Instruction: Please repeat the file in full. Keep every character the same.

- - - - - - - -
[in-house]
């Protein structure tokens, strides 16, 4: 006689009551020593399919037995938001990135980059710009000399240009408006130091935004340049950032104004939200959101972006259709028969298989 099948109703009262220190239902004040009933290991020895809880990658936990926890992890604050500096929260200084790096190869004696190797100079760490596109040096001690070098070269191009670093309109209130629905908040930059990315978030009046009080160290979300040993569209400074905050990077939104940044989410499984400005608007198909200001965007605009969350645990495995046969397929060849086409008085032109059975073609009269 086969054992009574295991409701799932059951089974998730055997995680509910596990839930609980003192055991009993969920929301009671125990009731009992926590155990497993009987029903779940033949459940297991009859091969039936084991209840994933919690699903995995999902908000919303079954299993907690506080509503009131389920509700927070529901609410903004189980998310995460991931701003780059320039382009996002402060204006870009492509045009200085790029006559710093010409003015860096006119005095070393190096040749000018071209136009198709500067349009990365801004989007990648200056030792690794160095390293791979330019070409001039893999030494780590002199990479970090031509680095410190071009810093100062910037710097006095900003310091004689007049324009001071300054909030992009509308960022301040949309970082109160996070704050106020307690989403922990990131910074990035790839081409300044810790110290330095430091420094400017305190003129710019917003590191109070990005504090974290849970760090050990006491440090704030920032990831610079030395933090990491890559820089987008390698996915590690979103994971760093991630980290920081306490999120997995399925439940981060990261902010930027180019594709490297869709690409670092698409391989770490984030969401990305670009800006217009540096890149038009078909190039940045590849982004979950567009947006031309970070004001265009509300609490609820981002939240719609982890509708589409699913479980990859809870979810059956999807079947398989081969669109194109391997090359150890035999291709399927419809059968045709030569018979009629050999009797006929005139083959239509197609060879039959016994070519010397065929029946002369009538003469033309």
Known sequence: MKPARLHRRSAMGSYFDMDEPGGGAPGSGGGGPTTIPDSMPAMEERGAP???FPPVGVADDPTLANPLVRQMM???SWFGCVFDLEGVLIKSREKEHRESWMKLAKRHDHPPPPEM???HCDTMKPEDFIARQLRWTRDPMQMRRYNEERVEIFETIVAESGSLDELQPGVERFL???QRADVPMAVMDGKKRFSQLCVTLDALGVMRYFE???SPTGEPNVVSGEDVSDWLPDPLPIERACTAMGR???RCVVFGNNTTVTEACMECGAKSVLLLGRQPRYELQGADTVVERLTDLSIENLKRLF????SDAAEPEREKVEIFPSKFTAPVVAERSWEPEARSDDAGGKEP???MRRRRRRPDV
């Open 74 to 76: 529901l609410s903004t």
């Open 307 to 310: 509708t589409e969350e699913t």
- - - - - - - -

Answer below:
[in-house]
């Protein structure tokens, strides 16, 4: 006689009551020593399919037995938001990135980059710009000399240009408006130091935004340049950032104004939200959101972006259709028969298989 099948109703009262220190239902004040009933290991020895809880990658936990926890992890604050500096929260200084790096190869004696190797100079760490596109040096001690070098070269191009670093309109209130629905908040930059990315978030009046009080160290979300040993569209400074905050990077939104940044989410499984400005608007198909200001965007605009969350645990495995046969397929060849086409008085032109059975073609009269 086969054992009574295991409701799932059951089974998730055997995680509910596990839930609980003192055991009993969920929301009671125990009731009992926590155990497993009987029903779940033949459940297991009859091969039936084991209840994933919690699903995995999902908000919303079954299993907690506080509503009131389920509700927070529901609410903004189980998310995460991931701003780059320039382009996002402060204006870009492509045009200085790029006559710093010409003015860096006119005095070393190096040749000018071209136009198709500067349009990365801004989007990648200056030792690794160095390293791979330019070409001039893999030494780590002199990479970090031509680095410190071009810093100062910037710097006095900003310091004689007049324009001071300054909030992009509308960022301040949309970082109160996070704050106020307690989403922990990131910074990035790839081409300044810790110290330095430091420094400017305190003129710019917003590191109070990005504090974290849970760090050990006491440090704030920032990831610079030395933090990491890559820089987008390698996915590690979103994971760093991630980290920081306490999120997995399925439940981060990261902010930027180019594709490297869709690409670092698409391989770490984030969401990305670009800006217009540096890149038009078909190039940045590849982004979950567009947006031309970070004001265009509300609490609820981002939240719609982890509708589409699913479980990859809870979810059956999807079947398989081969669109194109391997090359150890035999291709399927419809059968045709030569018979009629050999009797006929005139083959239509197609060879039959016994070519010397065929029946002369009538003469033309």
Known sequence: MKPARLHRRSAMGSYFDMDEPGGGAPGSGGGGPTTIPDSMPAMEERGAP???FPPVGVADDPTLANPLVRQMM???SWFGCVFDLEGVLIKSREKEHRESWMKLAKRHDHPPPPEM???HCDTMKPEDFIARQLRWTRDPMQMRRYNEERVEIFETIVAESGSLDELQPGVERFL???QRADVPMAVMDGKKRFSQLCVTLDALGVMRYFE???SPTGEPNVVSGEDVSDWLPDPLPIERACTAMGR???RCVVFGNNTTVTEACMECGAKSVLLLGRQPRYELQGADTVVERLTDLSIENLKRLF????SDAAEPEREKVEIFPSKFTAPVVAERSWEPEARSDDAGGKEP???MRRRRRRPDV
């Open 74 to 76: 529901l609410s903004t």
């Open 307 to 310: 509708t589409e969350e699913t």